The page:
Thursday, January 17, 2013

Objectivity is rare ...

... perhaps because there's more than one side to any subject and our sources fail to provide them.

Has there ever been a time when news reporting was objective and truthful?  In trying to see the last half-century clearly, I haven't been able to find a time free from media bias and carefully constructed propaganda.

I remember when 'propaganda' was what the communists did, but we had freedom of the press!  Nothing but the truth; they can't put anything in the news that's not true.  It's been hard to look back and see the actual events.  The Vietnam era was poorly served by the news of the time, and our government was less than truthful.  Things today are perhaps not improved.

From another, more optimistic viewpoint, we're now rather well connected via social media and international communications.  It's a bit volatile, but the capabilities have served us well in spreading the word.  The Arab Spring, the death of Bin Laden, and Whitney Houston's death were occasions where social media circled the globe before the news agencies could catch up.  The public debate on gun control and assault weapons is splattered over every media.  Congressional inaction is widely criticized.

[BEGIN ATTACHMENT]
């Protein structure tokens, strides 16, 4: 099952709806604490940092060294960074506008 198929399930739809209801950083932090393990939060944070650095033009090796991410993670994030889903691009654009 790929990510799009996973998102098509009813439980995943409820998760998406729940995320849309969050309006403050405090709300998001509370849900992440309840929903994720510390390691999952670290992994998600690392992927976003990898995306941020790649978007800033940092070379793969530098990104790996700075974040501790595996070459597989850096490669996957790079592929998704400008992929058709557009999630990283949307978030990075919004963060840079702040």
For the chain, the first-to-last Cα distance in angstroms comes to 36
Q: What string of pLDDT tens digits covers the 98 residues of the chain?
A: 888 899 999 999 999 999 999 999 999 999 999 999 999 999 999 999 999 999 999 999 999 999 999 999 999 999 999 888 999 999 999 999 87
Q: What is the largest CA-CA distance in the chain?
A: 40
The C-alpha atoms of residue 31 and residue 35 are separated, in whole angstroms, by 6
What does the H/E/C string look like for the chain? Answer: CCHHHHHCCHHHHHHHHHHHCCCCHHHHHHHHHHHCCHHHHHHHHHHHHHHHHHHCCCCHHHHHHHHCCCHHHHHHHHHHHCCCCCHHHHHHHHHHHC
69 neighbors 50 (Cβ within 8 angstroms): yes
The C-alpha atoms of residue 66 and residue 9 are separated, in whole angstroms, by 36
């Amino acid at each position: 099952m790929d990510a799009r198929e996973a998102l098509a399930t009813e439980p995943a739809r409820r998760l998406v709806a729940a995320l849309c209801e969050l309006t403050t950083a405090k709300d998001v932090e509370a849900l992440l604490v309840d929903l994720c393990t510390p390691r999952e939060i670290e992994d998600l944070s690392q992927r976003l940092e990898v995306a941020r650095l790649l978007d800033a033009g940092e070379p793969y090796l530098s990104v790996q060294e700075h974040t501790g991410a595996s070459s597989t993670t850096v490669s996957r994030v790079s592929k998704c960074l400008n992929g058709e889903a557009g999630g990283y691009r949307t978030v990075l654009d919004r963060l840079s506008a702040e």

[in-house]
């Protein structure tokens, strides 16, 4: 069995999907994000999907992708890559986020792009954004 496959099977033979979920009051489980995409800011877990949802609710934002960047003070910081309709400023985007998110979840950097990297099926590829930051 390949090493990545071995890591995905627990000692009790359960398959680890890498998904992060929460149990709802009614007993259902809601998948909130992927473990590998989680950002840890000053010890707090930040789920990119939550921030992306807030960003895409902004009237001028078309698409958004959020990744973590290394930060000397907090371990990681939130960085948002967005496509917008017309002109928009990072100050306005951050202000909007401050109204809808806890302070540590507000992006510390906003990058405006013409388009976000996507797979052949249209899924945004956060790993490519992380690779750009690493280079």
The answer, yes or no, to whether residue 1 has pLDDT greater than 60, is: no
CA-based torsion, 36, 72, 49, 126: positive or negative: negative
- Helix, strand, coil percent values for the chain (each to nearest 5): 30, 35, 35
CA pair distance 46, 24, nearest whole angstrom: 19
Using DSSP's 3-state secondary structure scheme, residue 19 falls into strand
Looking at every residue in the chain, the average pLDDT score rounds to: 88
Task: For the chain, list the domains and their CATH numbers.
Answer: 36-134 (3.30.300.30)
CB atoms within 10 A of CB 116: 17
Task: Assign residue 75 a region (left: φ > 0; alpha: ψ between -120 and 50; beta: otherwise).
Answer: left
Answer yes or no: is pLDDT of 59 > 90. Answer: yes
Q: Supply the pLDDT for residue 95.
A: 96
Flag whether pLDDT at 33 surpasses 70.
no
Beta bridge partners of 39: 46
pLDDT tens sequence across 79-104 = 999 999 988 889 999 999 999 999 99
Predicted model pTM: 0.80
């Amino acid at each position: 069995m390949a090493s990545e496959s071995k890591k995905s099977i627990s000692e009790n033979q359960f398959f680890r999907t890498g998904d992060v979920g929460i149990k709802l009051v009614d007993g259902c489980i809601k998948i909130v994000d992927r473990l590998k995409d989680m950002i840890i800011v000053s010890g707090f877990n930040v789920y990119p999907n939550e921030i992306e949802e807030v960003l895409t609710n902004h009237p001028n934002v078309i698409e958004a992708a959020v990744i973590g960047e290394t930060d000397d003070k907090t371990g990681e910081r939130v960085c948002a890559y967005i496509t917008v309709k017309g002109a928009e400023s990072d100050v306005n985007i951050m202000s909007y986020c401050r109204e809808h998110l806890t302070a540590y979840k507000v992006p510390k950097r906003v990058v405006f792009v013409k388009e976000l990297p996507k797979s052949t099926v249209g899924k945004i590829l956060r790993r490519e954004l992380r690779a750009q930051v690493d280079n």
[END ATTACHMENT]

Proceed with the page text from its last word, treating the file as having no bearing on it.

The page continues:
We do have to exercise a bit of caution; a percentage of 'breaking news' stories on Twitter and other media are nonsense or lies. Still, we're connected worldwide, and it's more difficult for major media and governments to get away with flagrant misrepresentation.  It could be spectacularly good for humanity.  We'll see.

Being well informed is perhaps more achievable than ever before.  We might, with a little work,  actually approach objectivity.